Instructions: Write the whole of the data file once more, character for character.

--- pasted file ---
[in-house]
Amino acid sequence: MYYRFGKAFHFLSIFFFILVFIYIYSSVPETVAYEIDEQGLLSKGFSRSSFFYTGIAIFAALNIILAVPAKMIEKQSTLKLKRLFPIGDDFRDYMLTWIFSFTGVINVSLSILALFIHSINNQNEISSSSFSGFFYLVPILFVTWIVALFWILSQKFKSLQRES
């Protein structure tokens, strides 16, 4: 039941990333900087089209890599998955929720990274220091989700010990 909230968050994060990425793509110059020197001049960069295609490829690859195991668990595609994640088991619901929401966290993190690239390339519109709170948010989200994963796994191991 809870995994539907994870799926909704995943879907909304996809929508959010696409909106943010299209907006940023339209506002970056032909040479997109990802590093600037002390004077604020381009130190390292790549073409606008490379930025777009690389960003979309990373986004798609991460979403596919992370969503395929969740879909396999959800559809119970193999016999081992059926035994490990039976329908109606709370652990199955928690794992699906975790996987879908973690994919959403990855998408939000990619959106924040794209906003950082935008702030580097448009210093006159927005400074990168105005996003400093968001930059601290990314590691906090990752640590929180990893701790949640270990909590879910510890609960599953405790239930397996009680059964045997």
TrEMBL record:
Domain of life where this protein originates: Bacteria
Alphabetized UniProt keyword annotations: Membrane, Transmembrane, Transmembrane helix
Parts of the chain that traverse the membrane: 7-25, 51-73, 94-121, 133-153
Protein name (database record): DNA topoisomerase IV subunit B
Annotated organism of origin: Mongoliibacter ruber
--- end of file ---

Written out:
[in-house]
Amino acid sequence: MYYRFGKAFHFLSIFFFILVFIYIYSSVPETVAYEIDEQGLLSKGFSRSSFFYTGIAIFAALNIILAVPAKMIEKQSTLKLKRLFPIGDDFRDYMLTWIFSFTGVINVSLSILALFIHSINNQNEISSSSFSGFFYLVPILFVTWIVALFWILSQKFKSLQRES
């Protein structure tokens, strides 16, 4: 039941990333900087089209890599998955929720990274220091989700010990 909230968050994060990425793509110059020197001049960069295609490829690859195991668990595609994640088991619901929401966290993190690239390339519109709170948010989200994963796994191991 809870995994539907994870799926909704995943879907909304996809929508959010696409909106943010299209907006940023339209506002970056032909040479997109990802590093600037002390004077604020381009130190390292790549073409606008490379930025777009690389960003979309990373986004798609991460979403596919992370969503395929969740879909396999959800559809119970193999016999081992059926035994490990039976329908109606709370652990199955928690794992699906975790996987879908973690994919959403990855998408939000990619959106924040794209906003950082935008702030580097448009210093006159927005400074990168105005996003400093968001930059601290990314590691906090990752640590929180990893701790949640270990909590879910510890609960599953405790239930397996009680059964045997």
TrEMBL record:
Domain of life where this protein originates: Bacteria
Alphabetized UniProt keyword annotations: Membrane, Transmembrane, Transmembrane helix
Parts of the chain that traverse the membrane: 7-25, 51-73, 94-121, 133-153
Protein name (database record): DNA topoisomerase IV subunit B
Annotated organism of origin: Mongoliibacter ruber